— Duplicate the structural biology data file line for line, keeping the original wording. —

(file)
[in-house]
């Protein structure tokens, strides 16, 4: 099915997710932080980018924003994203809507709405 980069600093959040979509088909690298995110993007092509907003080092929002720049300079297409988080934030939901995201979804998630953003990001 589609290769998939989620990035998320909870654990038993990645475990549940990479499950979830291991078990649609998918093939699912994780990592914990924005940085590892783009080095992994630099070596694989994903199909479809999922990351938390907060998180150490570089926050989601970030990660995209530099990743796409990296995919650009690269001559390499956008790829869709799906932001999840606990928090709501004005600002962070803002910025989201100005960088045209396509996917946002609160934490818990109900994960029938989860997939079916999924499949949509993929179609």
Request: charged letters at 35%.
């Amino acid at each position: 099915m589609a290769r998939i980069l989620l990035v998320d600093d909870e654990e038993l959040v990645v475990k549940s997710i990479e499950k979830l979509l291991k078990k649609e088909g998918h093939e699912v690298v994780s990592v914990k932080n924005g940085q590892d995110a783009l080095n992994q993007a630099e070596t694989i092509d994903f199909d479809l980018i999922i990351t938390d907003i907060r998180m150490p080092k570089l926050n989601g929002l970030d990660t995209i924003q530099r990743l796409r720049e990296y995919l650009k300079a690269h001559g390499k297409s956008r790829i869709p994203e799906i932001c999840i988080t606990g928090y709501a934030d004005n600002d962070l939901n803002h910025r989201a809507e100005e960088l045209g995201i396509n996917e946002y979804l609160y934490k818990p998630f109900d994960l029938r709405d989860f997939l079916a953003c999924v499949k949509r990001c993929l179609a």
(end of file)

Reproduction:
[in-house]
């Protein structure tokens, strides 16, 4: 099915997710932080980018924003994203809507709405 980069600093959040979509088909690298995110993007092509907003080092929002720049300079297409988080934030939901995201979804998630953003990001 589609290769998939989620990035998320909870654990038993990645475990549940990479499950979830291991078990649609998918093939699912994780990592914990924005940085590892783009080095992994630099070596694989994903199909479809999922990351938390907060998180150490570089926050989601970030990660995209530099990743796409990296995919650009690269001559390499956008790829869709799906932001999840606990928090709501004005600002962070803002910025989201100005960088045209396509996917946002609160934490818990109900994960029938989860997939079916999924499949949509993929179609």
Request: charged letters at 35%.
């Amino acid at each position: 099915m589609a290769r998939i980069l989620l990035v998320d600093d909870e654990e038993l959040v990645v475990k549940s997710i990479e499950k979830l979509l291991k078990k649609e088909g998918h093939e699912v690298v994780s990592v914990k932080n924005g940085q590892d995110a783009l080095n992994q993007a630099e070596t694989i092509d994903f199909d479809l980018i999922i990351t938390d907003i907060r998180m150490p080092k570089l926050n989601g929002l970030d990660t995209i924003q530099r990743l796409r720049e990296y995919l650009k300079a690269h001559g390499k297409s956008r790829i869709p994203e799906i932001c999840i988080t606990g928090y709501a934030d004005n600002d962070l939901n803002h910025r989201a809507e100005e960088l045209g995201i396509n996917e946002y979804l609160y934490k818990p998630f109900d994960l029938r709405d989860f997939l079916a953003c999924v499949k949509r990001c993929l179609a």